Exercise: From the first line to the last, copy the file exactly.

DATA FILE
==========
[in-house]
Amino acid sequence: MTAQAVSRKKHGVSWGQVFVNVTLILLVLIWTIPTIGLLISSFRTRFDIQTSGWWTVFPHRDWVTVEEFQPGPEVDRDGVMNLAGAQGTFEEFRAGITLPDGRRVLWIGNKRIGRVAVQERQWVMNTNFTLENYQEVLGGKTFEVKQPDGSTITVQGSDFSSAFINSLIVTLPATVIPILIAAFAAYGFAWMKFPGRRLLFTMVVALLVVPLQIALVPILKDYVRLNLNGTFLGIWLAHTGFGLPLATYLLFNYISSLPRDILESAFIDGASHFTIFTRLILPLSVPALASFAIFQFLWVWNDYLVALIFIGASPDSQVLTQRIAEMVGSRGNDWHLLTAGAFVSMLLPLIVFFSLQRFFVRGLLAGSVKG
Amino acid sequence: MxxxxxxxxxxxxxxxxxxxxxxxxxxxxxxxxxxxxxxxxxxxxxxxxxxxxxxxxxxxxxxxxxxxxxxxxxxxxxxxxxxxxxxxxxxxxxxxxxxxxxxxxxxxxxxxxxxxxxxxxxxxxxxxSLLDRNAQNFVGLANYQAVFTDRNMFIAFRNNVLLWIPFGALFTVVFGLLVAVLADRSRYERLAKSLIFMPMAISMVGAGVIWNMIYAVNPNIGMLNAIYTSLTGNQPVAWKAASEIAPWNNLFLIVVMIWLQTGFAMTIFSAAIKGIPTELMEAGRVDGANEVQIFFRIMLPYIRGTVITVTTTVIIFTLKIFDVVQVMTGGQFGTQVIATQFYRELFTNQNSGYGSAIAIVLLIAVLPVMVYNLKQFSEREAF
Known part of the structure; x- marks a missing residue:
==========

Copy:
[in-house]
Amino acid sequence: MTAQAVSRKKHGVSWGQVFVNVTLILLVLIWTIPTIGLLISSFRTRFDIQTSGWWTVFPHRDWVTVEEFQPGPEVDRDGVMNLAGAQGTFEEFRAGITLPDGRRVLWIGNKRIGRVAVQERQWVMNTNFTLENYQEVLGGKTFEVKQPDGSTITVQGSDFSSAFINSLIVTLPATVIPILIAAFAAYGFAWMKFPGRRLLFTMVVALLVVPLQIALVPILKDYVRLNLNGTFLGIWLAHTGFGLPLATYLLFNYISSLPRDILESAFIDGASHFTIFTRLILPLSVPALASFAIFQFLWVWNDYLVALIFIGASPDSQVLTQRIAEMVGSRGNDWHLLTAGAFVSMLLPLIVFFSLQRFFVRGLLAGSVKG
Amino acid sequence: MxxxxxxxxxxxxxxxxxxxxxxxxxxxxxxxxxxxxxxxxxxxxxxxxxxxxxxxxxxxxxxxxxxxxxxxxxxxxxxxxxxxxxxxxxxxxxxxxxxxxxxxxxxxxxxxxxxxxxxxxxxxxxxxSLLDRNAQNFVGLANYQAVFTDRNMFIAFRNNVLLWIPFGALFTVVFGLLVAVLADRSRYERLAKSLIFMPMAISMVGAGVIWNMIYAVNPNIGMLNAIYTSLTGNQPVAWKAASEIAPWNNLFLIVVMIWLQTGFAMTIFSAAIKGIPTELMEAGRVDGANEVQIFFRIMLPYIRGTVITVTTTVIIFTLKIFDVVQVMTGGQFGTQVIATQFYRELFTNQNSGYGSAIAIVLLIAVLPVMVYNLKQFSEREAF
Known part of the structure; x- marks a missing residue: